Courting a New British Game
These are fast changing times for British tennis. Andy Murray shot into the world’s Top 20 this year with new coach Brad Gilbert. There is a new British Davis Cup Captain, John Lloyd; and they just officially hired Peter Lundgren to coach the team after working with them during the fall. At the center of it all is a new Chief Executive of the Lawn Tennis Association (LTA), Roger Draper, who has big aspirations.
Six months into his job, the former head of Sport England seems to think big and aim high in his goal to totally transform British tennis. Refreshingly unlike other association leaders such as those at the ATP or WTA, who have spent the past few months dribbling out bits and pieces of their seemingly reactive plans to remake the calendar, Draper’s a 21st century businessman who’s using transparency in his approach.
His first endeavor is to build up a solid leadership team. So he launched a recruitment website for a series of LTA executive positions, including the heads of men’s and women’s tennis. The site attracted more than 25,000 visitors, and thousands of applicants. The association’s goal is to have new names and faces in place by the time the LTA’s new National Tennis Centre at Roehampton opens at the end of February.
A major goal is to import top new coaches to groom young English talent, in what The Times of London called “The LTA’s Foreign Aid Package”. The LTA has already sanctioned a three-year deal for Brad Gilbert worth more than 1 Million Pounds which includes coaching And Murray. Now Draper is trying to persuade Paul Annacone to lead the men’s game. If he accepts the position, he will work alongside other high-profile recruits such as Gilbert and Lundgren, who will put the new restructuring plan of the British game into action.
Draper’s organizational plans are also well documented on their own website in the new Blueprint for British Tennis, which is a proposal for the future of the game in the country. The transparent approach is highlighted in the fact that the Blueprint is open for public commentary until November 10th by anyone who wishes to submit their thoughts.
Among the most interesting aspects of the Blueprint is a measure to kill the present LTA Wimbledon ballot. In its place there will be a more inclusive way of distributing Wimbledon tickets, which will reach out to a more diverse population.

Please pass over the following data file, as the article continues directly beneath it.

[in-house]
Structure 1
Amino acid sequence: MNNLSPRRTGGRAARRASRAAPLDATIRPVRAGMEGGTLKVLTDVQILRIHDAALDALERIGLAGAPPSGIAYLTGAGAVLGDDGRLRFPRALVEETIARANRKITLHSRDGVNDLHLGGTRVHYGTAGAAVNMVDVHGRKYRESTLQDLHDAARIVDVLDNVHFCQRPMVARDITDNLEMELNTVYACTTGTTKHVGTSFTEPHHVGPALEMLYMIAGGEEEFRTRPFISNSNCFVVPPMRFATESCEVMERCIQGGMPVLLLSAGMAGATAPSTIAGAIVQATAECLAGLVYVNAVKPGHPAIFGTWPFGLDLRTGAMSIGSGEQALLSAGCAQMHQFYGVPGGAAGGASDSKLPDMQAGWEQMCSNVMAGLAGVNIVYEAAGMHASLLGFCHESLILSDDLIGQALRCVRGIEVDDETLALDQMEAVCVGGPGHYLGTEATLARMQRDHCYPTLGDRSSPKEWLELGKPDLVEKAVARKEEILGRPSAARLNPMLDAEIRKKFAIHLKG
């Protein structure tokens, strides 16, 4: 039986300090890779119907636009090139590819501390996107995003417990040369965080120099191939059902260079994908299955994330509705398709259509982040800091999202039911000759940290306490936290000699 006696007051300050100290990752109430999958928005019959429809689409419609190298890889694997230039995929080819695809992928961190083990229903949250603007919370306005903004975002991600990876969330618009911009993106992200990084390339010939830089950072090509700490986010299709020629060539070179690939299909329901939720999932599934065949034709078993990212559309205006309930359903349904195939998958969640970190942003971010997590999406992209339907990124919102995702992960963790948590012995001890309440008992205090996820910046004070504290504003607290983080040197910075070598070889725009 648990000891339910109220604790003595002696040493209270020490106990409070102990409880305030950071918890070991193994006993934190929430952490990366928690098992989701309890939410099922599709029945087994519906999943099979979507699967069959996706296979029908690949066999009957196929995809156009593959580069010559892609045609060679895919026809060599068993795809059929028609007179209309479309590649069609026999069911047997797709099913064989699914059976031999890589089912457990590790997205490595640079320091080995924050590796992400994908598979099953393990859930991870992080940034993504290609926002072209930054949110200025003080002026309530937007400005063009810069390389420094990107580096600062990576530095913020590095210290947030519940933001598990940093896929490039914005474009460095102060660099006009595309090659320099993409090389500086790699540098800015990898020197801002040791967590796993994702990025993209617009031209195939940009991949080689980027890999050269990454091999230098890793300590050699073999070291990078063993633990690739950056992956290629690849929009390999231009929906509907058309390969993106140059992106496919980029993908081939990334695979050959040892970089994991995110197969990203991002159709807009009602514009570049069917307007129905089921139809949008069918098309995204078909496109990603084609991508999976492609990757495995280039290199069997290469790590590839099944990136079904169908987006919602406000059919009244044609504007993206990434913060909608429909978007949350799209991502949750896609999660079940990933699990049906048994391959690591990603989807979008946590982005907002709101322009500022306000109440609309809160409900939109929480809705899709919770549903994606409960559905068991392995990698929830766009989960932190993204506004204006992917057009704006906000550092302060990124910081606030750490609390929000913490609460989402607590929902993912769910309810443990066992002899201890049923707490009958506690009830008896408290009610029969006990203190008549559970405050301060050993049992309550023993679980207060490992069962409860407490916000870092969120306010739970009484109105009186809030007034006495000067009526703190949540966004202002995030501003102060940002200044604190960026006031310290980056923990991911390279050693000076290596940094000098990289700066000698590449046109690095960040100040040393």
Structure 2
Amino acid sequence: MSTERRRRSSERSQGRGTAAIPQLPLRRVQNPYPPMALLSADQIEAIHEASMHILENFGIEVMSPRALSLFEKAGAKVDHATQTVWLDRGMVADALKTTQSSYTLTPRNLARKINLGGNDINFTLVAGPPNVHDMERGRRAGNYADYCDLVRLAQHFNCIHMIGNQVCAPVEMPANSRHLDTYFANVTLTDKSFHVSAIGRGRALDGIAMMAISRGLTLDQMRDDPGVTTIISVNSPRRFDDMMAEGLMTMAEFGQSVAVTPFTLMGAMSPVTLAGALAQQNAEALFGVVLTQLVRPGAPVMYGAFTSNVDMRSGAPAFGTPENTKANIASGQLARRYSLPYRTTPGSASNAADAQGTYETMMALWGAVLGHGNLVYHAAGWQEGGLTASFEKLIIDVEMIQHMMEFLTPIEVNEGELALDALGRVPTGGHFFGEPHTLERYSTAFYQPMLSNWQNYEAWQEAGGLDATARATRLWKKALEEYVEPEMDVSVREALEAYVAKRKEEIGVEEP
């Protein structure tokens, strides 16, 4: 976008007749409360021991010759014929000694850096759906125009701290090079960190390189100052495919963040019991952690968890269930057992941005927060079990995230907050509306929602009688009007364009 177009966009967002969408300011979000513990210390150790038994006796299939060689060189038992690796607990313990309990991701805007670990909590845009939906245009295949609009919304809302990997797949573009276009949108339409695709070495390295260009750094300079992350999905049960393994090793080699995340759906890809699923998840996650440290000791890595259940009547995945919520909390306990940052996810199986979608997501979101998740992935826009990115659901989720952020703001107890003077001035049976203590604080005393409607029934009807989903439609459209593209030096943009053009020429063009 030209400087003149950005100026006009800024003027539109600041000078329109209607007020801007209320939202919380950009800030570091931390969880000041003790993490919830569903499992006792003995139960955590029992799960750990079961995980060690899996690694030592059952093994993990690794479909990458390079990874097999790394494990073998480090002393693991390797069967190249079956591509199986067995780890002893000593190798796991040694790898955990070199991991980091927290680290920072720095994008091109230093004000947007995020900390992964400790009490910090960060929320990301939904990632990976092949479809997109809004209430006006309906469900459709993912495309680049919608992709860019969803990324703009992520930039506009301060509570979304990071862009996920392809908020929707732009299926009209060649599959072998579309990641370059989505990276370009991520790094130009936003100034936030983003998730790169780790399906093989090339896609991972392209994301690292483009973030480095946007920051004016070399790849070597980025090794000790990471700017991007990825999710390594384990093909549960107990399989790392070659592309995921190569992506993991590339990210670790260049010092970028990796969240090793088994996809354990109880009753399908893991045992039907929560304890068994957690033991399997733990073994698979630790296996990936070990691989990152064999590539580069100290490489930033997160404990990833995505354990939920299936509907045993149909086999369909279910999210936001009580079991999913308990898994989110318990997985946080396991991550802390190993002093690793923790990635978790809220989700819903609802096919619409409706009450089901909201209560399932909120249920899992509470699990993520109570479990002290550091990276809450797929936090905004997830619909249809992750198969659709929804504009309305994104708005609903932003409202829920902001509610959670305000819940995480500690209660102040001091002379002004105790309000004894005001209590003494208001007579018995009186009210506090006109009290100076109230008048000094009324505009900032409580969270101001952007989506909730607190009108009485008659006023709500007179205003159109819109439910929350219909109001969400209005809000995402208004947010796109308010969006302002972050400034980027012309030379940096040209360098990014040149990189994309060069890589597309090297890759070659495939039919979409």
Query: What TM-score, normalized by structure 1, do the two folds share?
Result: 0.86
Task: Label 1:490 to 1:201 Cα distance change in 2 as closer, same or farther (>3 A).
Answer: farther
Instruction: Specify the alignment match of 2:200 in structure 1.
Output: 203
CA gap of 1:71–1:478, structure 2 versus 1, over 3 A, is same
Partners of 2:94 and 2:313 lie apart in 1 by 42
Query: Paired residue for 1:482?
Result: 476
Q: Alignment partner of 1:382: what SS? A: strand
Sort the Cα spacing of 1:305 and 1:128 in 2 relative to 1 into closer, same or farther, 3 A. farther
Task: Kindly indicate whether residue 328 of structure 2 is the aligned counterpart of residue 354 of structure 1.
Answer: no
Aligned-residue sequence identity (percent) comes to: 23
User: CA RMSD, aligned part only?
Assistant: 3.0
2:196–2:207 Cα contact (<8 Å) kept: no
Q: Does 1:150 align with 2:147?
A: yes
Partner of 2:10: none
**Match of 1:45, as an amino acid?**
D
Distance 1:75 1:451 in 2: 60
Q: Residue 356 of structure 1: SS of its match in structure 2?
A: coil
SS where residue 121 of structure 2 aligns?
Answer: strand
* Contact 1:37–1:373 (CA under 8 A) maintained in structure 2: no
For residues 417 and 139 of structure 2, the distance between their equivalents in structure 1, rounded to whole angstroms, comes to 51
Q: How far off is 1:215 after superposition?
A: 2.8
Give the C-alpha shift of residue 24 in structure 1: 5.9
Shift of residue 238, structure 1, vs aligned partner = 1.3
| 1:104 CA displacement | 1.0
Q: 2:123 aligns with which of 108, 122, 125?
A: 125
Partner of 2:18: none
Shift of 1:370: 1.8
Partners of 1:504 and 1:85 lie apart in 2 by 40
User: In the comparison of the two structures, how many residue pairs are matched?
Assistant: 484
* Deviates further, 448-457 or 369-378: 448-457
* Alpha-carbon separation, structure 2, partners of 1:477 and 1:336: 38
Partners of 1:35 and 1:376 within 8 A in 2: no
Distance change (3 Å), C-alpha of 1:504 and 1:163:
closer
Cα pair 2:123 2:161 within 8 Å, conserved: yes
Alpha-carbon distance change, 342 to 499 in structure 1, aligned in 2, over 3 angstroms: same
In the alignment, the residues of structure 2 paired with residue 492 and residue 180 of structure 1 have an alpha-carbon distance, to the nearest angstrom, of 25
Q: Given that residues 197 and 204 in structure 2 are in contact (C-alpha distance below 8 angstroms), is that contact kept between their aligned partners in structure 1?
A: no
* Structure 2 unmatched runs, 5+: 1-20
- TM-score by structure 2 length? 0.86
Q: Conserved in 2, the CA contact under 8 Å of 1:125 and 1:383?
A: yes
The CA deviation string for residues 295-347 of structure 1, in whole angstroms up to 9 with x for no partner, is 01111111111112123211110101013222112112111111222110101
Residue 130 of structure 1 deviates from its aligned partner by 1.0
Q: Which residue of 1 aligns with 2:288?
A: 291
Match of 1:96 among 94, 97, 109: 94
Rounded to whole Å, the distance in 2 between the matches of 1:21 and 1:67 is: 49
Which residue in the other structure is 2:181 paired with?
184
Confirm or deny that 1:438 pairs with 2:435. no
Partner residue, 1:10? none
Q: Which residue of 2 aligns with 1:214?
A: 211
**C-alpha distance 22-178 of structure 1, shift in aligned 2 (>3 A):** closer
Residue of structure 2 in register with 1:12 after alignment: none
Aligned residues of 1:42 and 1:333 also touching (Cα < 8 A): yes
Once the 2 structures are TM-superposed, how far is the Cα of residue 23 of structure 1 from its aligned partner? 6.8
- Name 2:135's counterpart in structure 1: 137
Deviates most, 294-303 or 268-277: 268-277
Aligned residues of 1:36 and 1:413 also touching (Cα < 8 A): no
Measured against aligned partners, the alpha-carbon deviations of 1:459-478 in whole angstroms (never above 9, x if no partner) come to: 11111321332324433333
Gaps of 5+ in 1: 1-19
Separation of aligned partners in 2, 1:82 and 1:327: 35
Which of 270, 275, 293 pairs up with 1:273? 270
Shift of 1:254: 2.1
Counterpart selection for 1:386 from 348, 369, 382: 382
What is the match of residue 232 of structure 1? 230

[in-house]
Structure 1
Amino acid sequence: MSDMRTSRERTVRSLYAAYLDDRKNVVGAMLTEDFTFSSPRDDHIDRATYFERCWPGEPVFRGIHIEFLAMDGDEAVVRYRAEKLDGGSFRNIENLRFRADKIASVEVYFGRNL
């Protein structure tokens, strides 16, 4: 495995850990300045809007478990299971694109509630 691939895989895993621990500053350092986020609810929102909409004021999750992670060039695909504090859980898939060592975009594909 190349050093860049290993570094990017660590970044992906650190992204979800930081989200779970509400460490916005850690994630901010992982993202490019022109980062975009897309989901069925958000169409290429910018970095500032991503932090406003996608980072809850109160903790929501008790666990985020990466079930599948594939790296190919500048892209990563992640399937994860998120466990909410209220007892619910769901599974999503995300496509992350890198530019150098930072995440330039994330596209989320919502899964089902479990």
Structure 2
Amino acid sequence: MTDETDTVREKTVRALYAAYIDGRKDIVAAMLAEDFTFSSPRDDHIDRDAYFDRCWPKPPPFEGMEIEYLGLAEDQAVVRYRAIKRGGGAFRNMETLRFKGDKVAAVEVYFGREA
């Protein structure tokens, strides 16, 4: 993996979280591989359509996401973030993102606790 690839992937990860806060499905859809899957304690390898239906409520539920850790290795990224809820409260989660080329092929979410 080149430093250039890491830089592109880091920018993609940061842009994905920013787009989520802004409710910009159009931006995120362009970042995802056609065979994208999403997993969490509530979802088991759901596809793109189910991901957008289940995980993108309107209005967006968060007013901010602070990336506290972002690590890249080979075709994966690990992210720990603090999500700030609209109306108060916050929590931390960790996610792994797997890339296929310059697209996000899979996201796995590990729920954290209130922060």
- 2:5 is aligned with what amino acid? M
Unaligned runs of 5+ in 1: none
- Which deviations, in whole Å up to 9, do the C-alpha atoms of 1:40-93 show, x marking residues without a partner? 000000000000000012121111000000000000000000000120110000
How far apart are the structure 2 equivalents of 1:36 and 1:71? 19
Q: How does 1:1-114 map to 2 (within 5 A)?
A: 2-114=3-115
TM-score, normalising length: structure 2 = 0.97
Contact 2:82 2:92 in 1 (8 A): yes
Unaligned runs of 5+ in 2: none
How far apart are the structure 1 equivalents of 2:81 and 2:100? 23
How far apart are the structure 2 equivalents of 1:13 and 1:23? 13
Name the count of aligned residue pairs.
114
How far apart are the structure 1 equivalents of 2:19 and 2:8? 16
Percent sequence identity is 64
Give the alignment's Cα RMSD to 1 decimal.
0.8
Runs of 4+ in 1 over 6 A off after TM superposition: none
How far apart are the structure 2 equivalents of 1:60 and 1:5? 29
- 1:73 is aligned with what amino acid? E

At the top of his wish list of supra-goals is bringing the Tennis Masters Cup to Britain. This isn’t such a far fetched idea given that the 2012 London Olympics are coming up, and though London currently lacks suitable indoor venues to host such an event, one of the proposed Olympic sites could be used if completed by November 2009. Add to this that organizers in London are keen to bring world-class competitions to the capital before then, and chances are good that construction could be completed in due time. The LTA is committed to using the 30 Million Pounds they earn every year from Wimbledon to bring the prestigious ATP event to the capital. Paris is currently London’s only serious rival for the bid, and chances are looking good for the City.
Draper also wants to bring more top-notch tournaments to Britain, and to add a regular winter event to the British calendar and another big grass court tournament for women in London before Wimbledon. Whether the other tennis bodies go for these proposals is still in question, but no one can deny that the momentum is building.
The community development level includes plans for a major overhaul of coaching in clubs, schools and training centers, which might ultimately have a bigger impact than his more newsworthy ambitions. He’s also anxious to promote the sport to kids, and has asked the Stella Artois tournament to make more tickets available for children. “I saw Rafael Nadal play at Queen’s Club this year,” he said, “and there were 7,000 people watching, but most of them were City boys and posh totty. And I was thinking that it could have been 7,000 kids watching Nadal and being inspired. We need to change that.”
‘Changing that’ is the crucial element here. It’s hard to fathom another tennis body even coming up with the aggressive recruitment — no less openness — that Draper’s bringing to his work at the LTA. In the coming years it will be exciting to see the results. Such a major overhaul is not going to be easy, and it certainly won’t be quick, particularly the cultivation of new young talent. I just hope that the women’s game in Britain receives as much attention and care as what’s obviously being given to the men. Time will tell if Draper’s plans are effective, but on the surface they certainly seem smart.
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